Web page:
On 30 June and 7 July 2020 respectively the Council of the European Union and the European Parliament’s Legal Affairs Committee confirmed the compromise text of a new Directive on representative actions for the protection of the collective interests of consumers, repealing Directive 2009/22/EC and paved the way for its formal adoption in Council and Parliament.

The Directive aims to increase consumer protection and it is part of the “New Deal for Consumers” which was launched in 2018. The new rules introduce a harmonisation of collective representative actions in Member States both in cross-border and domestic cases. The main elements are:

  • Consumers in every Member State must have access to (?) at least one representative action procedure for injunction and redress measures which allows for representative action at national and EU level;
  • The scope of collective action includes trader violations in areas such as data protection, financial services, travel and tourism, energy, telecommunications, environment and health, as well as air and train passenger rights, in addition to general consumer law;
  • Qualified entities (organisations or a public bodies) will be empowered and financially supported to launch actions for injunction and redress on behalf of groups of consumers and will guarantee consumers’ access to justice;
  • The rules distinguish between cross-border cases and domestic ones on designation criteria for qualified entities. For cross-border case, entities must comply with a set of harmonised criteria: they have to demonstrate 12 months of activity in protecting consumers’ interest prior to their request to be appointed as a qualified entity, have a non-profit character and ensure they are independent from third parties whose economic interests oppose the consumer interest. For domestic actions, member states will set out their own criteria consistent with the objectives of the directive and which could be the same as those set out for cross-border actions;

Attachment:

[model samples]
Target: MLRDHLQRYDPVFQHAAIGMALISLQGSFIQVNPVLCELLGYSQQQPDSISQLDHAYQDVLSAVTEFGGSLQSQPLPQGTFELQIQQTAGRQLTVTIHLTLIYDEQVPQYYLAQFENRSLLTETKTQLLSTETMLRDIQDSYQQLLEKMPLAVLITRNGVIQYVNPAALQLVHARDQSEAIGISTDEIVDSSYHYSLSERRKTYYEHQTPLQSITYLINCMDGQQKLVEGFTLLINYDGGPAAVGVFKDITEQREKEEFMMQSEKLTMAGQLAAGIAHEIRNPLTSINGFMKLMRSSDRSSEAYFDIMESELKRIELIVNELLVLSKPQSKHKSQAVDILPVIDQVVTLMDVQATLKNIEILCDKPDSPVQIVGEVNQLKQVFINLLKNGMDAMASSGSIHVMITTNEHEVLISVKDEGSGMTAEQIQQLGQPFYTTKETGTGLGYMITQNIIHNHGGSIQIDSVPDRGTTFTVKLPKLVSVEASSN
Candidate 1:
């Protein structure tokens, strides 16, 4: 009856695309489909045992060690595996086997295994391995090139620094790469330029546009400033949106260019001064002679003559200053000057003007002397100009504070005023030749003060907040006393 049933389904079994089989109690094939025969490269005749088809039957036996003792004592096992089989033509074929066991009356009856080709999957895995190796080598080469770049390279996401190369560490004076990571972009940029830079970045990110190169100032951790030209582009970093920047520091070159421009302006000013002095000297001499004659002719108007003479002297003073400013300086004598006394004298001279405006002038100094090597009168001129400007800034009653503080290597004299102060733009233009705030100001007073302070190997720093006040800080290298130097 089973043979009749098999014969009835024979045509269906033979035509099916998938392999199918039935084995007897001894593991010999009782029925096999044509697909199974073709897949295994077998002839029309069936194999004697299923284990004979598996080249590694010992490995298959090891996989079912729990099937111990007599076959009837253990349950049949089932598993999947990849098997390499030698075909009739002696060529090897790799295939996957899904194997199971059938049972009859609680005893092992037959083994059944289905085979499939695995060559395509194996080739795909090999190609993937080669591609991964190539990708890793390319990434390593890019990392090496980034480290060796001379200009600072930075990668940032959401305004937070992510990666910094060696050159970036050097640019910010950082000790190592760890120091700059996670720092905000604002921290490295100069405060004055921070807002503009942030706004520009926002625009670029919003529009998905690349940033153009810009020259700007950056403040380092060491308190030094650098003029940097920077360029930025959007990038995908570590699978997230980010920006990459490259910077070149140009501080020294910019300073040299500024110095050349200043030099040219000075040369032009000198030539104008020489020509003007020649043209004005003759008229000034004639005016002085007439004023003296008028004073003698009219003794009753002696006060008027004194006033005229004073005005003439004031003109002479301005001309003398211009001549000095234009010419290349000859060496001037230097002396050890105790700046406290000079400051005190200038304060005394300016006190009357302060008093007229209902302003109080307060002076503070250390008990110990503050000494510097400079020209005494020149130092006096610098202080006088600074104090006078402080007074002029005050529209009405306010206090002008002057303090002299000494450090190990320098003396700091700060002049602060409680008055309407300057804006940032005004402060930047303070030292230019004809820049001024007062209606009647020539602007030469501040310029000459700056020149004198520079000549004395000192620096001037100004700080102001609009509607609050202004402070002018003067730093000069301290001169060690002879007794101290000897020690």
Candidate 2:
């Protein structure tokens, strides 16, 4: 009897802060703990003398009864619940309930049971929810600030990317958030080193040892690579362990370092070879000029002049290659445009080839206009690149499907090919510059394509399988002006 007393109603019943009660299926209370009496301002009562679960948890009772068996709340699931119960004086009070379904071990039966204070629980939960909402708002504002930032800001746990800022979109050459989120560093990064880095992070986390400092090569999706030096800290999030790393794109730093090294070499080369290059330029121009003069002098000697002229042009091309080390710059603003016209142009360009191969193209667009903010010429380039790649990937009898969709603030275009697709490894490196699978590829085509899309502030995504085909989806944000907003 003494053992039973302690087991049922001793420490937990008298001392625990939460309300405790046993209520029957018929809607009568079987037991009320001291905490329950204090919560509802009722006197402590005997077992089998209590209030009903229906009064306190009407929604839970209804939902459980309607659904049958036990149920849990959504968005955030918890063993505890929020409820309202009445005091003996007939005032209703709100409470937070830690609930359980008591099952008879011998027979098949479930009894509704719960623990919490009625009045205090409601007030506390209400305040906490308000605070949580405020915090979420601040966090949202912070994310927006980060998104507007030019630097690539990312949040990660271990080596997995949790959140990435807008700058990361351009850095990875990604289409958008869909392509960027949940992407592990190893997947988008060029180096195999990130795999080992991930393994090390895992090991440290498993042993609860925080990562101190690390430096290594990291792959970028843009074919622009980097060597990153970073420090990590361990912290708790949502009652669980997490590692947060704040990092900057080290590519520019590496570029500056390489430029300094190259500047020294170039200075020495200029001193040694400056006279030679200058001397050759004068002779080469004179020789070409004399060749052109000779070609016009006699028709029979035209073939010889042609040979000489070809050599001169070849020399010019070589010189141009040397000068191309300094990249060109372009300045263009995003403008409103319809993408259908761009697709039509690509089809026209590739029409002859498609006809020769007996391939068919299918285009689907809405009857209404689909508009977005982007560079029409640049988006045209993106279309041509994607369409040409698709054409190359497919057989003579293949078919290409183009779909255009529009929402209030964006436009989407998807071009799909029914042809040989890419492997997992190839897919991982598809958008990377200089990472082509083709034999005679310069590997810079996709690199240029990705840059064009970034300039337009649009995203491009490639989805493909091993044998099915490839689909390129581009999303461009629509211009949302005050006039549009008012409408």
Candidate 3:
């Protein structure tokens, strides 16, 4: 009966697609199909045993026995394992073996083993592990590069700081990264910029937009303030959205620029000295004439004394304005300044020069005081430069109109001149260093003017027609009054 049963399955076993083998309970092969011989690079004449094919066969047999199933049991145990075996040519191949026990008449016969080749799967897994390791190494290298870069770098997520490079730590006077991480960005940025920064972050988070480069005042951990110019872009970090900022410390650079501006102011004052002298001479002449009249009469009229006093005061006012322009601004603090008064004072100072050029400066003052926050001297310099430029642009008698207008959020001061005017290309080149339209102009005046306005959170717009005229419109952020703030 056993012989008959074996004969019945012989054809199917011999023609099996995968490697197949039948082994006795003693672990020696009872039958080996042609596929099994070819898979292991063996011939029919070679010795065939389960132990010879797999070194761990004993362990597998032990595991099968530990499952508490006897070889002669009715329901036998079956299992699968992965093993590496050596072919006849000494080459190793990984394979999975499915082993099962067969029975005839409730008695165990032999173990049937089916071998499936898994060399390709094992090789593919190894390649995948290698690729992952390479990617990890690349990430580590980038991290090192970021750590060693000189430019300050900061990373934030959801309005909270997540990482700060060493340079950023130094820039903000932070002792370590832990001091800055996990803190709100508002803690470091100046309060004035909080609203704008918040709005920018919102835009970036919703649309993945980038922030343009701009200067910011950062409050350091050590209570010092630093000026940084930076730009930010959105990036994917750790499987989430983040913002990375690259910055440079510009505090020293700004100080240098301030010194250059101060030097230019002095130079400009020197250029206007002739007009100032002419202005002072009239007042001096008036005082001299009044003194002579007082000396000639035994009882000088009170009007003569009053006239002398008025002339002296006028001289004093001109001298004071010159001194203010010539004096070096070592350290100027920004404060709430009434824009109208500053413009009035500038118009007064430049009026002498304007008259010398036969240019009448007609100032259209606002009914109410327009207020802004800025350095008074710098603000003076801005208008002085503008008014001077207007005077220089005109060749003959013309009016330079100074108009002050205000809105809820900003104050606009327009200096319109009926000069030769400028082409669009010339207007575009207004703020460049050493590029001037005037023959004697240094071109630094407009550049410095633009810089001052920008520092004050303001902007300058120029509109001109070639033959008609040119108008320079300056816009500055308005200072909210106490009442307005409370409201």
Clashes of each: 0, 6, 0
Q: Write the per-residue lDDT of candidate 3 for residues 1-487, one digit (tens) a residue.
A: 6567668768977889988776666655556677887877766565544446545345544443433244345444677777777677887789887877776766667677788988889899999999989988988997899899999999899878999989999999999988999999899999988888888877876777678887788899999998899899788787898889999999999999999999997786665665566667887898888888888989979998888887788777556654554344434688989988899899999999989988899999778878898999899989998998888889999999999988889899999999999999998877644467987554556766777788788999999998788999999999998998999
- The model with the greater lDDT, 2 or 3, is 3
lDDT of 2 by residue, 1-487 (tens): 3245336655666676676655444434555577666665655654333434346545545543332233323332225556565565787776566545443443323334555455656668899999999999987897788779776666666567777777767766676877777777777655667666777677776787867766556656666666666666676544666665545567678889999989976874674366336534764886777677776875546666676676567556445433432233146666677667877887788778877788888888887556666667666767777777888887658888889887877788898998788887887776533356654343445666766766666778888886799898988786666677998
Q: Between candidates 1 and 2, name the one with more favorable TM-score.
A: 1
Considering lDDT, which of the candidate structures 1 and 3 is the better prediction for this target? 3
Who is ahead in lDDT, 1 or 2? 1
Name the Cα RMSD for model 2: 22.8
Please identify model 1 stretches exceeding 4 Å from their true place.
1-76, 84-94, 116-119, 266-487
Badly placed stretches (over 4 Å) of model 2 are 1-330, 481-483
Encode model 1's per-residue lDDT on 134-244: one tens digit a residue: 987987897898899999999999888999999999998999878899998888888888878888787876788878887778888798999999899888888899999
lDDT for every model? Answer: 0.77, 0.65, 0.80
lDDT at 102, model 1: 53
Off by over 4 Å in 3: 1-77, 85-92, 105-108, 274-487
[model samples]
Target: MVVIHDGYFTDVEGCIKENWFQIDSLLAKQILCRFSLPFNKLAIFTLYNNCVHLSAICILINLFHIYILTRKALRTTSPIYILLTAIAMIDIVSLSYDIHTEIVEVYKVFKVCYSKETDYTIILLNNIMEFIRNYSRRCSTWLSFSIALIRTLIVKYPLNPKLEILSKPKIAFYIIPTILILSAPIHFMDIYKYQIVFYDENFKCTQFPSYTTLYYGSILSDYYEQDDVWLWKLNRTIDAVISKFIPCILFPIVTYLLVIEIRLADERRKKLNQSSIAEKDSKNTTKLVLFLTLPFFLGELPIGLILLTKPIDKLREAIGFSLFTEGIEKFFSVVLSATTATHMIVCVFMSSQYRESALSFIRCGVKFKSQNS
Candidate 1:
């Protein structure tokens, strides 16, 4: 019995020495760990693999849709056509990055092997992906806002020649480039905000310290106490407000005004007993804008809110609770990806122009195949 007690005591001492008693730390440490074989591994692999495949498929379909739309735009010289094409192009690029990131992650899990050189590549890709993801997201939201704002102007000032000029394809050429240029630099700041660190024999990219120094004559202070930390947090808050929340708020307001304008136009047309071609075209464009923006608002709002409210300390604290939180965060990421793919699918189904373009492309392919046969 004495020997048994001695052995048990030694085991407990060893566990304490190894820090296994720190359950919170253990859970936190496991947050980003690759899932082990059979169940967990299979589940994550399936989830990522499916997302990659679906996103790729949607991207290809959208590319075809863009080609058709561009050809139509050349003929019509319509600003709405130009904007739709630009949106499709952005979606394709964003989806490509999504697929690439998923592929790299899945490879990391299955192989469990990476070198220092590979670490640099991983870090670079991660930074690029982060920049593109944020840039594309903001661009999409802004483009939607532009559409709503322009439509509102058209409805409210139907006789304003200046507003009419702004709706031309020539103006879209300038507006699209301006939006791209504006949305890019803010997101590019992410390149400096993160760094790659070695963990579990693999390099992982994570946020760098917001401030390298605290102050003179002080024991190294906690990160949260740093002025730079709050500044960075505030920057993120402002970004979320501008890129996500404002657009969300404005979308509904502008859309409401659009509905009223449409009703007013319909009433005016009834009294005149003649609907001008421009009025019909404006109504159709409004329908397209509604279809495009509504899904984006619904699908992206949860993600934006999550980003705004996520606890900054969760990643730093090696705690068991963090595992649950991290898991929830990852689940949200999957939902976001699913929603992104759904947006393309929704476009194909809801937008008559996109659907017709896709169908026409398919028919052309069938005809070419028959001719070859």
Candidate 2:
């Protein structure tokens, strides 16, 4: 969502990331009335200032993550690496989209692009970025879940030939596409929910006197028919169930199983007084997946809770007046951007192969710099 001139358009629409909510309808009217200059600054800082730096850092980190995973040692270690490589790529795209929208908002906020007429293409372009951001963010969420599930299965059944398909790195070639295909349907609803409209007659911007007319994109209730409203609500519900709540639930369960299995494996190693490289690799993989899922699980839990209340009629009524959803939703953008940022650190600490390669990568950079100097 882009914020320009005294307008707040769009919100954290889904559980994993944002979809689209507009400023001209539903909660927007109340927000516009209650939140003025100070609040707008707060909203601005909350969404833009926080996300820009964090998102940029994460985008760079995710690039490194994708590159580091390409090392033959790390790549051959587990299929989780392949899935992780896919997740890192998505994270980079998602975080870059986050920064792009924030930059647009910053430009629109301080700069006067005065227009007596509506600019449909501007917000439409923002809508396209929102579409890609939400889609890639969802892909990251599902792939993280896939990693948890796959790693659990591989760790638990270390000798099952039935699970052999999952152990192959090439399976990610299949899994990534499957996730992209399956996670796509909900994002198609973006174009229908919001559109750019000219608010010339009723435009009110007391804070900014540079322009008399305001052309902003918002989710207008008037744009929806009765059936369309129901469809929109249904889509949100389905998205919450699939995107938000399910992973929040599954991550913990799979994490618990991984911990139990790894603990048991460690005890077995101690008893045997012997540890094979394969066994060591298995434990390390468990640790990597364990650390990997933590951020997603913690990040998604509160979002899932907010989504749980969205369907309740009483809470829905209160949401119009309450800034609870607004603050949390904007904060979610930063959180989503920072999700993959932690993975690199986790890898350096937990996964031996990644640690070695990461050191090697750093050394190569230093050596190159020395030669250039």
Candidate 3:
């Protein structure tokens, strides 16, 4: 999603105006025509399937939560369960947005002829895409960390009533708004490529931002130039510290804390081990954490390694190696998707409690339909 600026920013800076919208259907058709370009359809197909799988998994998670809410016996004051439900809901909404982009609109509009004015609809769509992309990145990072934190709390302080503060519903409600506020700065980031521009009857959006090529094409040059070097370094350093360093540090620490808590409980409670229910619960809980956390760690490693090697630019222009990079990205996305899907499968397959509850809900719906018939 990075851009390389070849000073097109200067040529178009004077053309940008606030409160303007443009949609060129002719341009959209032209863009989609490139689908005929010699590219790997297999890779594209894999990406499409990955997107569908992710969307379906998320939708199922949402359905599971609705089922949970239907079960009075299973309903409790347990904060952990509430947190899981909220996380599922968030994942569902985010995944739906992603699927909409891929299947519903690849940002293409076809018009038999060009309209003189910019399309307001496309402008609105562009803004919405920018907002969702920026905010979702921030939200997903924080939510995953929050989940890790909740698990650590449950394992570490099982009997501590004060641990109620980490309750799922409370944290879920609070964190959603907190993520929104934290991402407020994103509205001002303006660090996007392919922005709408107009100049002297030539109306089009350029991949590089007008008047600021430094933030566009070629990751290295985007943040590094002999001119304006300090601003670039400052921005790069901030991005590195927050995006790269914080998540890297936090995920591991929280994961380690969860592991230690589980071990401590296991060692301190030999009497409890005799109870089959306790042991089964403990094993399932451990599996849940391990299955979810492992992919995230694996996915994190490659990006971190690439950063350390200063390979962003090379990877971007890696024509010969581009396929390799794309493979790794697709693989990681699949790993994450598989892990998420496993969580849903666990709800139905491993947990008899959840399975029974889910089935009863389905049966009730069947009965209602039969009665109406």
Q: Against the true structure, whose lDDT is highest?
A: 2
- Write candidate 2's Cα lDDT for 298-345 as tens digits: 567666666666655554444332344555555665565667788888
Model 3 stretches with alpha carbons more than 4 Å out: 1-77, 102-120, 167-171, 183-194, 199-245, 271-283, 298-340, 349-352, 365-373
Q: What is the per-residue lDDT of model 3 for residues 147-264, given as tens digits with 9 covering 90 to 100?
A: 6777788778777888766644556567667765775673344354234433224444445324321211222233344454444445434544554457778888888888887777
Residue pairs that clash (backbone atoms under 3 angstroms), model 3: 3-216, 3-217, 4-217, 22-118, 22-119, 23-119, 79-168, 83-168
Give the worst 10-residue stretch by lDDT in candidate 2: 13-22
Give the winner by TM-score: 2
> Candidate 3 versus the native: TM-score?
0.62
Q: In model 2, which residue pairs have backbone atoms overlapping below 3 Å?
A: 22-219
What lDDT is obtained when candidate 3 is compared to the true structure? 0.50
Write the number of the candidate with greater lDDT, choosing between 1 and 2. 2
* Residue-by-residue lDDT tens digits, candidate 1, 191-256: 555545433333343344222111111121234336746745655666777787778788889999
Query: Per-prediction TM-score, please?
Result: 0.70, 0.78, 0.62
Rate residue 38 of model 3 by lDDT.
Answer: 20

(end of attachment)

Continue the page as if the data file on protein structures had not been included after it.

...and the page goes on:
• The “loser pays principle” is introduced, to ensure that the defeated party pays the costs of the proceedings of the successful party;
  • It is left to the discretion of the Member States whether the representative action can be brought in judicial or administrative proceedings, or both;
  • Member States should provide for an opt-in or opt-out mechanism, or a combination of both, and should be able to decide at which stage of the representative action the individual consumers could exercise their right to opt in or opt out from the proceedings;
  • It is always possible to reach a settlement of redress, either on a proposal by the parties or on invitation by the court; the settlement must be approved by the court it is binding for the parties and the consumers concerned.

The proposal can be found here.